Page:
Lauren Southern's new feature-length film, Borderless, recorded the head of an NGO that helps migrants get into European nations admitting she coaches them to lie to border guards. That's called successful investigative journalism, but YouTube yanked the Canadian independent filmmaker's documentary on European mass immigration in less than 24 hours, no explanation given. When a government behaves like this, it's called authoritarianism, but when a social media behemoth censors, it's called protecting people from "harmful" ideas.
Deleting an expensive feature film is a rough way to treat someone with 700,000 subscribers on your platform, considering all the work Southern did and the physical danger she subjected herself to in the course of filming on the assumption that she'd be able to show it on YouTube. With a 75 percent market share of the video-sharing market, however, YouTube has no need to curb its authoritarian bent to guard the bottom line. While YouTube's interference has messed with the total viewers number, the filmmaker persisted and uploaded her documentary again.
YouTube decided it was best for society that people not view Borderless, but I risked it. I feel okay now, having seen it, but maybe Lauren Southern's the new Leni Riefenstahl whose powers are such that she's got me mesmerized with bad ideas I'm not even aware exist. I wonder what happened to all the Catholics who used to go to movies their church used to condemn. Billy Wilder's Kiss Me, Stupid might’ve messed up some innocent minds.
Anyway, what I saw, for a change, was the European mass immigration situation viewed from a logistical/business point of view—how a street vendor in Kabul manages to leave his (there's a preponderance of single males) wrecked homeland and, if all goes well, takes up legal residency in Reykjavik. We're used to the media images of packed boats about to capsize, but don't get much information about what goes on behind the scenes before the migrants take to the sea.
Southern provides a valuable service by exploring the misery and expense these aspiring New Europeans endure to get a shot at a new life, and the key role in the process that profiteering human traffickers play. Seek a better life rather than, say, "escape probable death at the hands of their government," because, as Southern presents it, many of those the media portray as political refugees are actually economic refugees. This is not an idea that YouTube wants spread on its platform.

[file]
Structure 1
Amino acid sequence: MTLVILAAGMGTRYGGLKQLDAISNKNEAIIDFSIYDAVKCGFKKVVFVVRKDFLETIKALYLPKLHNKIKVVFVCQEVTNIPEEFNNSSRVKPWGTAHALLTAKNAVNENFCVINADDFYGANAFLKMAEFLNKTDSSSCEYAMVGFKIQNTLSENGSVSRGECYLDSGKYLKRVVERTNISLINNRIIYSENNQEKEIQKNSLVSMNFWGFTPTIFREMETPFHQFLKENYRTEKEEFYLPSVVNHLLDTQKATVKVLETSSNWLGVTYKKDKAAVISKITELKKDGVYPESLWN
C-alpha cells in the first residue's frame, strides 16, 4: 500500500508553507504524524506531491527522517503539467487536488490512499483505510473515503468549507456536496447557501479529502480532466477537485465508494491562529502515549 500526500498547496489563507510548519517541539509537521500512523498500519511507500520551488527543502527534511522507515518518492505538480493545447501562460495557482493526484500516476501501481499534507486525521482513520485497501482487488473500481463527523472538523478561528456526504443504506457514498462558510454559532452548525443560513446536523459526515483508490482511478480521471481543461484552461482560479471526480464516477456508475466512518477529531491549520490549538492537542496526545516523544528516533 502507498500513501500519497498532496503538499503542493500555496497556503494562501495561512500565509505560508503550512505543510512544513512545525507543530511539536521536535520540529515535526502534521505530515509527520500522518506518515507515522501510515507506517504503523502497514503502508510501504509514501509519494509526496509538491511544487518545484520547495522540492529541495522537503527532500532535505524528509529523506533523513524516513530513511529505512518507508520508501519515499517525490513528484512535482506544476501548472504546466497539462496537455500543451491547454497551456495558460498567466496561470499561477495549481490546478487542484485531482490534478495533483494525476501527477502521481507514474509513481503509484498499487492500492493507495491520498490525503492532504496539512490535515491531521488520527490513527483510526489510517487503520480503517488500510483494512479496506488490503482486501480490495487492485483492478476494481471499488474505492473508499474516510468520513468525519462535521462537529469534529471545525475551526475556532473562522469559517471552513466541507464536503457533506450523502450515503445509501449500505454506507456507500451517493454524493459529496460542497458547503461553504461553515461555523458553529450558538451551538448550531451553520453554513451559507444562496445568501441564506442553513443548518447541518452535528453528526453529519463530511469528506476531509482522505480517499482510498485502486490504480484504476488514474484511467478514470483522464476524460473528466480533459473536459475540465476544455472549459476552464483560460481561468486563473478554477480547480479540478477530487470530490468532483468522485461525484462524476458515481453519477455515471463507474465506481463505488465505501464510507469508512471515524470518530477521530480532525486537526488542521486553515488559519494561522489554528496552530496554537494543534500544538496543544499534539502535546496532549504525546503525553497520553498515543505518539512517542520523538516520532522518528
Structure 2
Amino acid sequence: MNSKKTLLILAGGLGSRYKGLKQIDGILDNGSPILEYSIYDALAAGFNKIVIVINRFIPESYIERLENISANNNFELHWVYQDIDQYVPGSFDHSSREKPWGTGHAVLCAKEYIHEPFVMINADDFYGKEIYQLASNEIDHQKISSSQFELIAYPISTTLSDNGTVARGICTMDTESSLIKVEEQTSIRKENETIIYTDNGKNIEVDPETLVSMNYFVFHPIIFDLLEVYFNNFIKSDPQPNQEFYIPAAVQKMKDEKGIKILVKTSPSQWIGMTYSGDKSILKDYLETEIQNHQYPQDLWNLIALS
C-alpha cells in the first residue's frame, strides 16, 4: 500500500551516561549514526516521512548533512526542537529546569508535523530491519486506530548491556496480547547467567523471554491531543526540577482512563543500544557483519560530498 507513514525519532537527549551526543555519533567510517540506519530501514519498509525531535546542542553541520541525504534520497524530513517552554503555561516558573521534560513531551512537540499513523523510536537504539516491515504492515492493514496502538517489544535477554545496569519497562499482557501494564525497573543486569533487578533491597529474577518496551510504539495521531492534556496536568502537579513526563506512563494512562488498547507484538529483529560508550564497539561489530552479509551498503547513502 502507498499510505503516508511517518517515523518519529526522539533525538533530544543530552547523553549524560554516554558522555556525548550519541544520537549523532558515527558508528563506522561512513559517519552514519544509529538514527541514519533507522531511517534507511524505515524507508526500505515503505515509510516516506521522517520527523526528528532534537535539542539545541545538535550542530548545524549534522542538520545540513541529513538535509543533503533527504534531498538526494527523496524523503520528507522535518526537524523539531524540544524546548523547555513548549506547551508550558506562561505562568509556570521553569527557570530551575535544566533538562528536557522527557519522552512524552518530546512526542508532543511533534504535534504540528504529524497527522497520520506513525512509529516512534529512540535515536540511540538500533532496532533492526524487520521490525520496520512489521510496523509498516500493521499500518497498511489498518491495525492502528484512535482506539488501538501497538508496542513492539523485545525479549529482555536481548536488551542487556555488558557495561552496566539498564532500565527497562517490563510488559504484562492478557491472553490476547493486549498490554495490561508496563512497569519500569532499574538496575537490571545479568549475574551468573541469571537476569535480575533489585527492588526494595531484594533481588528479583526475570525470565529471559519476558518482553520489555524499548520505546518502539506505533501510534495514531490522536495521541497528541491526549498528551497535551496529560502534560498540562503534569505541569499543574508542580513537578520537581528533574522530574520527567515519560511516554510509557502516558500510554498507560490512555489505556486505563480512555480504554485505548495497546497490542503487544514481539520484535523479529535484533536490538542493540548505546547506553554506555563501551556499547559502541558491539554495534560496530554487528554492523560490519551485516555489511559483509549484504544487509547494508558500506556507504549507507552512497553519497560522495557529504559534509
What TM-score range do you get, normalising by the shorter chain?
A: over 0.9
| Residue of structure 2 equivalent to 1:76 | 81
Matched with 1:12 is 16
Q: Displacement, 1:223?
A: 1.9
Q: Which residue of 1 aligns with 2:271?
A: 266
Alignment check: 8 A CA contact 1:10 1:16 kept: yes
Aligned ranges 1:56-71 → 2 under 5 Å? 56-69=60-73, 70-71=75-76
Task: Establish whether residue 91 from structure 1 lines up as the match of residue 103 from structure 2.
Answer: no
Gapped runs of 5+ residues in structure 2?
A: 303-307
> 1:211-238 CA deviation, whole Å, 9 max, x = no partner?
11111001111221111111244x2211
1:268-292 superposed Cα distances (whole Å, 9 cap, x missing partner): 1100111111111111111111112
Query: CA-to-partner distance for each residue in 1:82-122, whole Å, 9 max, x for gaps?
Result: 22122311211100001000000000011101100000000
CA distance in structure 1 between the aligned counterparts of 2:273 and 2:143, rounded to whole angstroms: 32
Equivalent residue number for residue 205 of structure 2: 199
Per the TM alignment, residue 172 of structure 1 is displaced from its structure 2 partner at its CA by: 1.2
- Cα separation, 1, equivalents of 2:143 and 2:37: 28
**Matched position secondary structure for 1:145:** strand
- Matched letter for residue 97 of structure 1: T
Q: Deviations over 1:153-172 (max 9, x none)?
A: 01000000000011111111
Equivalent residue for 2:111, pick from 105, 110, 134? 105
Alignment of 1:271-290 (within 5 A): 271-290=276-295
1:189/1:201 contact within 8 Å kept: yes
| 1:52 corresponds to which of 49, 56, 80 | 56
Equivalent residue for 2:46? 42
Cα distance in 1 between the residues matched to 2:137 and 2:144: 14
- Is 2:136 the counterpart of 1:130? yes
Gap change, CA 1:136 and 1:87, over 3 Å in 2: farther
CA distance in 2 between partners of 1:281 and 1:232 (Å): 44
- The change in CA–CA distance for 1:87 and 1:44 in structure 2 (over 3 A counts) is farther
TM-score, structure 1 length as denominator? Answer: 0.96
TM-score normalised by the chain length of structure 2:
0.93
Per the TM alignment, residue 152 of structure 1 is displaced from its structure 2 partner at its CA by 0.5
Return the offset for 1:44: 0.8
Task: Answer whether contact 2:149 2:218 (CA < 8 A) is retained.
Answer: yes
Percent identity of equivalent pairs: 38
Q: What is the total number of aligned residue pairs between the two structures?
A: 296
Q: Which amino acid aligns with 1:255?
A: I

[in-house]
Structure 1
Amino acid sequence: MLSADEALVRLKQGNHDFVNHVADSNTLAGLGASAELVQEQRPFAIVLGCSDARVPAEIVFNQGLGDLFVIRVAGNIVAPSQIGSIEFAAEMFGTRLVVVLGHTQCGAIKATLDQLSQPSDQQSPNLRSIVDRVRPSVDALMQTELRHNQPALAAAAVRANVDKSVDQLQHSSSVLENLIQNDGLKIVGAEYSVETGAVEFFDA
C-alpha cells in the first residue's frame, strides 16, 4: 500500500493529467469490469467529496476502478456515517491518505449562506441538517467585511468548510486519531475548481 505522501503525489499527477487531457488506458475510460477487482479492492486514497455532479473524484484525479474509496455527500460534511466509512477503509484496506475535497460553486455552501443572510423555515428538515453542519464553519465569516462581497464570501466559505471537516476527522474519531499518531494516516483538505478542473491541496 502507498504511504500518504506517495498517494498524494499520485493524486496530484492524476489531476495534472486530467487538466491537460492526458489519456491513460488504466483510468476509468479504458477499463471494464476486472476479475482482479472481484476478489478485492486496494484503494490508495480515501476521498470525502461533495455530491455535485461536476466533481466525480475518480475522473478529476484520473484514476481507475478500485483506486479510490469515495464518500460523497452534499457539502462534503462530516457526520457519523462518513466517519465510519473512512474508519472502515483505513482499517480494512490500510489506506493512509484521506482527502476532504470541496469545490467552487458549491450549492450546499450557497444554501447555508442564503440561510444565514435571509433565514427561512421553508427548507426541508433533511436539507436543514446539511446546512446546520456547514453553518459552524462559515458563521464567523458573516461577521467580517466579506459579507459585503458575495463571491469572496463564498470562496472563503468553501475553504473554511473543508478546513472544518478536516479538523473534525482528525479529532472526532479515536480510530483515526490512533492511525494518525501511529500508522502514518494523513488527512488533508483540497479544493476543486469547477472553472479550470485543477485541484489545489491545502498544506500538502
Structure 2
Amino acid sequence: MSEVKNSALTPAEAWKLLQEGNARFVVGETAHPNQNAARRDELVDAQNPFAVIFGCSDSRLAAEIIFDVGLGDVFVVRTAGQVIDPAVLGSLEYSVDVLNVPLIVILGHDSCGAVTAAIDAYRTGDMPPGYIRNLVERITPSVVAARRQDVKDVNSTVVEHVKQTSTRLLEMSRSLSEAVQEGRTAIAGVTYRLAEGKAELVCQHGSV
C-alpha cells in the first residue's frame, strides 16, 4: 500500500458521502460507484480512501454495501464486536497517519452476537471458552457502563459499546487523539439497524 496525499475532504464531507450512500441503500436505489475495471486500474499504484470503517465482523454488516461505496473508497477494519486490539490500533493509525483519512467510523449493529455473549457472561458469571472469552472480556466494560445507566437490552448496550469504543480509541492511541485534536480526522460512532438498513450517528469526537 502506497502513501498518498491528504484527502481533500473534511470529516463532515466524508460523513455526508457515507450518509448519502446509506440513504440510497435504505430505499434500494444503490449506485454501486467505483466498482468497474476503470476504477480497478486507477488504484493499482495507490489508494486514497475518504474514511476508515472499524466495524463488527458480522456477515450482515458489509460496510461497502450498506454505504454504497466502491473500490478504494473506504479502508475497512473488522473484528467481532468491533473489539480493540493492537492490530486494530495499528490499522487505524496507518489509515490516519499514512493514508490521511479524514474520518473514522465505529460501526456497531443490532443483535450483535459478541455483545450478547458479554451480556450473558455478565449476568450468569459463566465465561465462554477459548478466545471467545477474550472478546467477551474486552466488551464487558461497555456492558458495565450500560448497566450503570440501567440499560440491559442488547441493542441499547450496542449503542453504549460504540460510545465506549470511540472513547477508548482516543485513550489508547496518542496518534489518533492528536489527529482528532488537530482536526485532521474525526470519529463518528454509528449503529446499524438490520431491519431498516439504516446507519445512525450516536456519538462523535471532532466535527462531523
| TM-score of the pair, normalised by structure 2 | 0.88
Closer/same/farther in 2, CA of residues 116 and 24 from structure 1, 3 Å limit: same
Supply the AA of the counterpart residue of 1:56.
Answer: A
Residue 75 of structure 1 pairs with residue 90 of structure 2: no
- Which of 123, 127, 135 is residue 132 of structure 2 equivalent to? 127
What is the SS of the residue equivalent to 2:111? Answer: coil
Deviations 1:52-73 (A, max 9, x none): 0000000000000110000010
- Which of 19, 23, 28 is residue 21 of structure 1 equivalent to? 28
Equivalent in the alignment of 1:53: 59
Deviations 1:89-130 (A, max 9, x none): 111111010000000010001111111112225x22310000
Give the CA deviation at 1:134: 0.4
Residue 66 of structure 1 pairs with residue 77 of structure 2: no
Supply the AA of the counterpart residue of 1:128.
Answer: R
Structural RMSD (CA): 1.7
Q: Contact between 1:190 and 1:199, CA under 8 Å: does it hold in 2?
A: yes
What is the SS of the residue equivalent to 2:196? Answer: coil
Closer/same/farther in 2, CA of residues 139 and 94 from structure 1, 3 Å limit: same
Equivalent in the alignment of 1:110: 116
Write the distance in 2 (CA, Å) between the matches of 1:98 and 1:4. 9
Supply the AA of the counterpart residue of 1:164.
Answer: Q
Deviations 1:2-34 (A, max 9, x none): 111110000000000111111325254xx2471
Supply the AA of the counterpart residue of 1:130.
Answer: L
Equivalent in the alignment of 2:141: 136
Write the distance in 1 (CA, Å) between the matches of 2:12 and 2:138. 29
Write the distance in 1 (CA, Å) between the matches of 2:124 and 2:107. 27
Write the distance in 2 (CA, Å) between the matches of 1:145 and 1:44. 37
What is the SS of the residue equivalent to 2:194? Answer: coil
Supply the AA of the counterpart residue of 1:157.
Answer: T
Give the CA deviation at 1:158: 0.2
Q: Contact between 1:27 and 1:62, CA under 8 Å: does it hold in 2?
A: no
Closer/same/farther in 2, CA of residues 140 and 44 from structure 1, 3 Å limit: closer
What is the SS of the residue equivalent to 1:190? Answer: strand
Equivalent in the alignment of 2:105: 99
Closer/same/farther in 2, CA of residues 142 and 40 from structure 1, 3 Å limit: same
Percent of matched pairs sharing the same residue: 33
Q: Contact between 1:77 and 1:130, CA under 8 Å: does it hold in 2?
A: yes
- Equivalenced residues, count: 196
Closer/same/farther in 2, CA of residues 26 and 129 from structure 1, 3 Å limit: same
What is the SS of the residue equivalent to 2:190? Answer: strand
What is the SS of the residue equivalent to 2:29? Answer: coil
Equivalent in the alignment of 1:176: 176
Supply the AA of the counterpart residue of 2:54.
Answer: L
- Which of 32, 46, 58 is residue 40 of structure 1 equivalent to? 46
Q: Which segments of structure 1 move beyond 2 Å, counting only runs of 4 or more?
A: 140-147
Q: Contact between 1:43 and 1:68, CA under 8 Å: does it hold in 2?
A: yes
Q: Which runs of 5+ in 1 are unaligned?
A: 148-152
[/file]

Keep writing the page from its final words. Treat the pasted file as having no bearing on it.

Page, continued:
The film begins with Southern and her crew at coastal location in Turkey that's a way station for migrants heading to the Greek island, Lesbos, which itself is a major way station for those on the way to Northern Europe. Southern interviewed an olive farmer there who told her that residents of his village, especially women, could no longer tend to their crops because of the danger presented by the migrants and the human traffickers who are transporting them. He said he’d only do so armed with a gun. You'd have to search far to find an MSM story about how immigration's affecting Turkish farmers.
Southern says that her investigation in Turkey, and then on to Morocco Greece, Paris, and Ireland revealed that much of European mass immigration’s facilitated by violent human traffickers who are reaping enormous profits. She also suggests that some of the NGOs involved in assisting immigrants are profit-driven. Southern interviews a number of migrants on camera who tell her that they paid anywhere from $1000 to $2500 to get them out of Afghanistan, sub-Saharan Africa, and various Arab nations. In Greece, Southern hit paydirt by obtaining a recording of Ariel Ricker, the executive director of pro-migrant advocacy NGO, Advocates Abroad, admitting that her group encourages migrants to lie their way to asylum. The NGO has since shut down its entire social media presence.
Do you have to wonder if YouTube would have deleted Borderless if someone without Lauren Southern’s polarizing reputation had made it? Her detractors often call the filmmaker, who definitely has at least a whiff of white nationalism about her, “alt-right,” which she denies. Alt-lite’s a more accurate designation for the 23-year-old journalist/activist who's definitely not trying to paint a picture of an invasion of Europe by dark-skinned hordes with bad intent.
Although Southern's not an objective observer of mass immigration, the film doesn't even approach Triumph of the Will as a piece of pure propaganda. That's not to say, however, that it won't soon get this reputation among progressives who refuse to watch it. The film's undeniable value's in filling in many of the blanks in the media's narrative on European immigration, which is the result of the filmmaker spending four months in the thick of things, something all those authoritative-sounding armchair pundits wouldn’t do.